NB: For me, hair politics can work as a metaphor for how Black women have been negotiating and fighting for the right to exist beyond the repressive notions within society. Present day policies like the CROWN Act are still necessary because the Tignon Laws once existed to suppress Black women from even showing their hair publicly. Across my photographs there are protective tools like scarves, bonnets, wraps, and protective styles like braids. These are mechanisms practiced by Black women to resist the lingering effects of targeted suppression. It allows room for cultural expression, artistic expression, and ancestral recognition. I think of my practice as a small collection of different entry points for my lived experiences and the experiences of others that are contextualized by the strands of our histories.
SS: Your work tells stories about womxn, for womxn, and made by a womxn. Can you talk about your work in the context of intersectional feminism?
NB: My work has looked to the knowledge production that is created out of Black feminism. The series “Gestures of my Bio-Myth” borrows the name from Audre Lorde’s concept of the “bio-mythography” or a form of storytelling where actual occurrences of the past are coupled with imagined details. Within that work I am actively using inventive remembrances of my past as a way to create new photographs. Just as intersectional feminism seeks freedom out of race, class, gender limitations—that body of photographs are actively using the image to visualize a type of freedom from previous representations of Black female subjectivity within photography.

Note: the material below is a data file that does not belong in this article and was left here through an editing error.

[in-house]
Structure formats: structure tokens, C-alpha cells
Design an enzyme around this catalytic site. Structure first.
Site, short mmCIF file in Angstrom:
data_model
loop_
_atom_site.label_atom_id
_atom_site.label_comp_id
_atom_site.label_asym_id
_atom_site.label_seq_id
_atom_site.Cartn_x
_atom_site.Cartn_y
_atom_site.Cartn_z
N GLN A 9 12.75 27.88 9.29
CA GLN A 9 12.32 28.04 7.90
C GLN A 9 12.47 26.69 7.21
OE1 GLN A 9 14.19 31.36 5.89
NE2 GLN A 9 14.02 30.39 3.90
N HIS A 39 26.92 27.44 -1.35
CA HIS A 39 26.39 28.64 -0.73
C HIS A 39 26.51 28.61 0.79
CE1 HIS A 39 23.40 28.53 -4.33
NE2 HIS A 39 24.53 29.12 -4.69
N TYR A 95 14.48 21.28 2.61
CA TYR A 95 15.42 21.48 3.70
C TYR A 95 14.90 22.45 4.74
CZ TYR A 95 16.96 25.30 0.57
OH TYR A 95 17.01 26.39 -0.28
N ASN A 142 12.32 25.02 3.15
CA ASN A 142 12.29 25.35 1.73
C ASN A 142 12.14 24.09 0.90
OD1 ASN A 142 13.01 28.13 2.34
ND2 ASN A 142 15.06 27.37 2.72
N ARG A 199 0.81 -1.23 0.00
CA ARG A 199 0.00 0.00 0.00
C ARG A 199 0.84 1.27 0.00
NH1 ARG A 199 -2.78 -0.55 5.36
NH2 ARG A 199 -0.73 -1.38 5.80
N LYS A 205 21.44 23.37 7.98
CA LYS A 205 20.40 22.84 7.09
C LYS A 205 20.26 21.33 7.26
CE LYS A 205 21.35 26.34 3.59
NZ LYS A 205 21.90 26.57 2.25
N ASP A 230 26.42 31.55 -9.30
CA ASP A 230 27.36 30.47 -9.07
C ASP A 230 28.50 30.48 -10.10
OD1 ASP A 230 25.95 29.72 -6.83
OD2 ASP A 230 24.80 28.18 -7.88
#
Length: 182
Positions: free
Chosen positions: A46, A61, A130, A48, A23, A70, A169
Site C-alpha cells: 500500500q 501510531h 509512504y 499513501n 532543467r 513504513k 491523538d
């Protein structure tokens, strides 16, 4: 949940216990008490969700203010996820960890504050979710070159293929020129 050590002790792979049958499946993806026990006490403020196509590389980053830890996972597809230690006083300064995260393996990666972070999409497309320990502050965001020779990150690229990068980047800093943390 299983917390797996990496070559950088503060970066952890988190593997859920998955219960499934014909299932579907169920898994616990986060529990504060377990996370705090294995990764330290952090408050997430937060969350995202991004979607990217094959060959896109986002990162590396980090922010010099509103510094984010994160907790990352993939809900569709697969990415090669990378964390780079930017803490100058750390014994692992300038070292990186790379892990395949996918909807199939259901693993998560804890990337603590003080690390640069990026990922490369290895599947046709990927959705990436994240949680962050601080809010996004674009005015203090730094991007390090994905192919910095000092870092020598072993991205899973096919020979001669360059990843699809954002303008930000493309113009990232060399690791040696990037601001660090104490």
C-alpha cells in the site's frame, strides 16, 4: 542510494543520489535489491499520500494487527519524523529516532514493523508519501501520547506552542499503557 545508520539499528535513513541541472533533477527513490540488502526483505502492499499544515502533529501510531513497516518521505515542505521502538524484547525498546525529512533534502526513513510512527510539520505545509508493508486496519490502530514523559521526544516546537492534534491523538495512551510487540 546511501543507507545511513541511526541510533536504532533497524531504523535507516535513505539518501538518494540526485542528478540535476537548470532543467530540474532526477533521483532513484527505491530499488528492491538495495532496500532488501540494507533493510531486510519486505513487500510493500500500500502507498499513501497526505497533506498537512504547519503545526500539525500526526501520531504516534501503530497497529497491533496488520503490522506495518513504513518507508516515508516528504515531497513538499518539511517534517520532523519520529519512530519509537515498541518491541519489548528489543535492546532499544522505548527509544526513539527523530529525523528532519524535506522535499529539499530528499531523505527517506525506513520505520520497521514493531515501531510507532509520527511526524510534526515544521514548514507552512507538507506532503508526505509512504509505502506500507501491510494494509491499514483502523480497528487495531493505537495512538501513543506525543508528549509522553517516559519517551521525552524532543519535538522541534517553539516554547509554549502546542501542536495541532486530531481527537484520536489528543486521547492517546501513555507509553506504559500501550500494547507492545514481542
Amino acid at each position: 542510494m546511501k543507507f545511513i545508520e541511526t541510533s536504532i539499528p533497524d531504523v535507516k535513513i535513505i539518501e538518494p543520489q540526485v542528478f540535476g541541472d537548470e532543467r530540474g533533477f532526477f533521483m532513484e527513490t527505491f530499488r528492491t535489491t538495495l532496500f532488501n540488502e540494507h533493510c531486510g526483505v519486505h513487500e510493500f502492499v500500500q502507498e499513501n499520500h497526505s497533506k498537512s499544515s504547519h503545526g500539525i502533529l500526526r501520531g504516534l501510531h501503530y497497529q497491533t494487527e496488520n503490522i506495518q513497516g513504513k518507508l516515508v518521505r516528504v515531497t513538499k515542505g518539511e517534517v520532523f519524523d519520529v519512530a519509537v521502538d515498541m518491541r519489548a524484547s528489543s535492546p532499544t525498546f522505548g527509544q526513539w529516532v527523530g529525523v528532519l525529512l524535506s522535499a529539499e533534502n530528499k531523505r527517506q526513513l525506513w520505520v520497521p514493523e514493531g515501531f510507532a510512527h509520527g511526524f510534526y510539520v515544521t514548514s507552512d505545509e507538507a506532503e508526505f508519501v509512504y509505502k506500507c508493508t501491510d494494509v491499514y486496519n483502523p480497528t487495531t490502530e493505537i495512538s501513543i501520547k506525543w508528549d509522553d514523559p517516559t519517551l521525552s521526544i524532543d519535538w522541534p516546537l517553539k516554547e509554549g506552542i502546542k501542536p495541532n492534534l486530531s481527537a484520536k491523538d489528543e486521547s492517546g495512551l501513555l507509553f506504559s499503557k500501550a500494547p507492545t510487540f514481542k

Kimberlé Crenshaw’s intersectional feminism considers how our experiences as women are nuanced even within the collective feminist struggle. Reading the writings of Black women such as bell hooks, Audre Lorde, and Patricia Hill Collins has helped me to better understand that considering the multiple identity categories we embody reveals unique viewpoints that are often overlooked. I am interested in how I can transfer that unique viewpoint into photographs.
SARAH: Can you tell us what you’re working on now? I’ve been following your work for a few years now and you’re very deliberate about when and what you release. Any sneak peeks into what’s happening in your studio?
NB: I just completed an Artist Mother Studio residency and will be completing the Sibyls Shrine Residency for mothers that identify as artists. I will be presenting a solo exhibition of works at the Delaplaine Art Center in the fall and another at Davis Gallery in early 2021.
JADE: What advice would you give to young Black womxn struggling with self-acceptance?
NB: I would encourage young Black women to think of self-acceptance through the act of reclaiming your full existence. Actively reclaiming your full existence can be so many things. It might be reading, talking, creating, studying, walking, dancing, crying, protesting, or writing—whatever it is, it is worthy.
Keep up with Nakeya here.
Keep up with Sarah here.
Keep up with Jade here.
Keep up with Study Hall Gallery here.